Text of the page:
This morning in Thornhill, Premier Doug Ford -- joined by Ontario’s Minister of Infrastructure Kinga Surma, Minister of Transportation Caroline Mulroney, and Minister of Municipal Affairs and Housing Steve Clark -- announced the creation of more housing in Richmond Hill/Markham. 

The Ontario Government will create 40,000 housing units at 407 and Yonge near transit. It also announced the creation of a fifth station in Thornhill to add to the Yonge North Subway Extension, which extends the TTC’s Line 1 service north from Finch Station to Vaughan, Markham, and Richmond Hill and will become a game-changer for local residents.

By building transit-oriented communities (TOCs) around the subway extension in this rapidly growing region, the government will also reduce gridlock, create economic opportunities, and support some 19,000 new jobs in the region, according to a Province-issued press release

According to the Province, thanks to TOC proceeds, the Ontario government will fund and build the additional transit station at Royal Orchard -- at Royal Orchard Boulevard and Yonge Street -- further improving access to TTC transit for residents in Thornhill, Markham and York Region. Currently, its public transit-taking residents rely on GO Transit buses and trains to get directly to downtown Toronto. Construction on the subway extension is expected to begin in late 2023, and could be completed in 2030, according to the province.

In true Ford fashion, the premier was quick to use the occasion to point fingers.

“After decades of inaction by previous governments, our government is saying ‘yes’ to building housing and subways,” said Ford. “Others will find any reason to say ‘no’ to delay desperately needed housing and transit with more studies, committees or reports. Instead, our government is keeping costs down for families by building more homes and tackling gridlock head-on by building subways, Highway 413 and the Bradford Bypass.” 

The TOCs at Bridge and High Tech transit stations will bring new housing, parkland, commercial, retail and, community spaces all within walking distance of transit, says the Province. By building more homes through these high-density and mixed-use communities, the province can also offset the construction costs of Royal Orchard station through TOC proceeds, it says.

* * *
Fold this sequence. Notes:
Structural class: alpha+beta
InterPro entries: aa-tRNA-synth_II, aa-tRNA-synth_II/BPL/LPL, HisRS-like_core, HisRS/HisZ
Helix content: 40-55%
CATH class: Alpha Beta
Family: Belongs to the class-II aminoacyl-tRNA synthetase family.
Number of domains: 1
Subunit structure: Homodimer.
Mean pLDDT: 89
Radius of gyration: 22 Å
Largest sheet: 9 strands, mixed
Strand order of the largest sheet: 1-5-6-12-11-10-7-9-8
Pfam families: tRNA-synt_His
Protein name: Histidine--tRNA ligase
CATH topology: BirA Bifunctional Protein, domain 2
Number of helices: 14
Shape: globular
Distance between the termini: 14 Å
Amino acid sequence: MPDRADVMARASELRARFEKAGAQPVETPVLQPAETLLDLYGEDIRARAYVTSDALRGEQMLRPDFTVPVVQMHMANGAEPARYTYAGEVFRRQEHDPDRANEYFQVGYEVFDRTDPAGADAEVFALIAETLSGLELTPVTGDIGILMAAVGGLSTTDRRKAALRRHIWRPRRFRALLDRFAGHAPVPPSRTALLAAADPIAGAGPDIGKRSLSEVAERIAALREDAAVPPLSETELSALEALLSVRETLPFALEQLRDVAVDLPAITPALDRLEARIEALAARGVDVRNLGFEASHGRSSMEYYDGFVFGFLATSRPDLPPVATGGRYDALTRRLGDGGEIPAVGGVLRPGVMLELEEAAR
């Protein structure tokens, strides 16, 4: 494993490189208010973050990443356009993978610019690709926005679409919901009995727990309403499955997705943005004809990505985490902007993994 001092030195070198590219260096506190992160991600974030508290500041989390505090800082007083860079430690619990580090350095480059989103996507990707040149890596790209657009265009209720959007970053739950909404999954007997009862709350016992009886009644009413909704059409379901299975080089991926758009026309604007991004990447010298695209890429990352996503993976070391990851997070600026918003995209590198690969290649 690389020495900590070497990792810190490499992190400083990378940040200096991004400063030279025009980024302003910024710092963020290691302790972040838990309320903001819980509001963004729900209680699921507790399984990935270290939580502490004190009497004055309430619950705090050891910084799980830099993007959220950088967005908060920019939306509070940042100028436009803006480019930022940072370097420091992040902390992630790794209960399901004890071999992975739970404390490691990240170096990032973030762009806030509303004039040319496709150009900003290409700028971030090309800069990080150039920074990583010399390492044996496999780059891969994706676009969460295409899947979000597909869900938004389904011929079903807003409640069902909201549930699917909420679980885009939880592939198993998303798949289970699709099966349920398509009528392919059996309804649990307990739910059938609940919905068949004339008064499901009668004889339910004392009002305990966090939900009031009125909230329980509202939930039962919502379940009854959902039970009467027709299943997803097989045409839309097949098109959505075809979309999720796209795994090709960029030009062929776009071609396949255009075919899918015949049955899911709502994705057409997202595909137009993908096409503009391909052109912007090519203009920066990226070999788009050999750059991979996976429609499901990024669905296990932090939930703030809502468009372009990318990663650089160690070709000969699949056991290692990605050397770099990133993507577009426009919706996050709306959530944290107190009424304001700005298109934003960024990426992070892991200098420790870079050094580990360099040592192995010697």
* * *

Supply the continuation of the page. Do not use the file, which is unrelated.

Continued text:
The now frequently-used Minister’s Zoning Orders (MZOs) are being used to support the development of Bridge and High Tech TOCs, cutting red-tape to deliver more homes and transit sooner. The move marks the largest MZO ever issued by the Ford government in terms of density and inevitably opens the door for even more density throughout the Greater Toronto Area (GTA) in the future.

“Under the leadership of Premier Ford, our government is using every resource to address the housing supply crisis head-on,” said Steve Clark, Minister of Municipal Affairs and Housing. “These Minister’s Zoning Orders will help create transit-oriented communities while building more than 40,000 much-needed new homes for Ontarians and their families.”

The announcement comes after last week’s news that the Province would join forces with the City to create transit-oriented communities near five stations near the upcoming Ontario Line

The change in plan to the subway extension comes one year after the Provincial government cut two stations from the route and moved a portion of the line above ground due to cost concerns.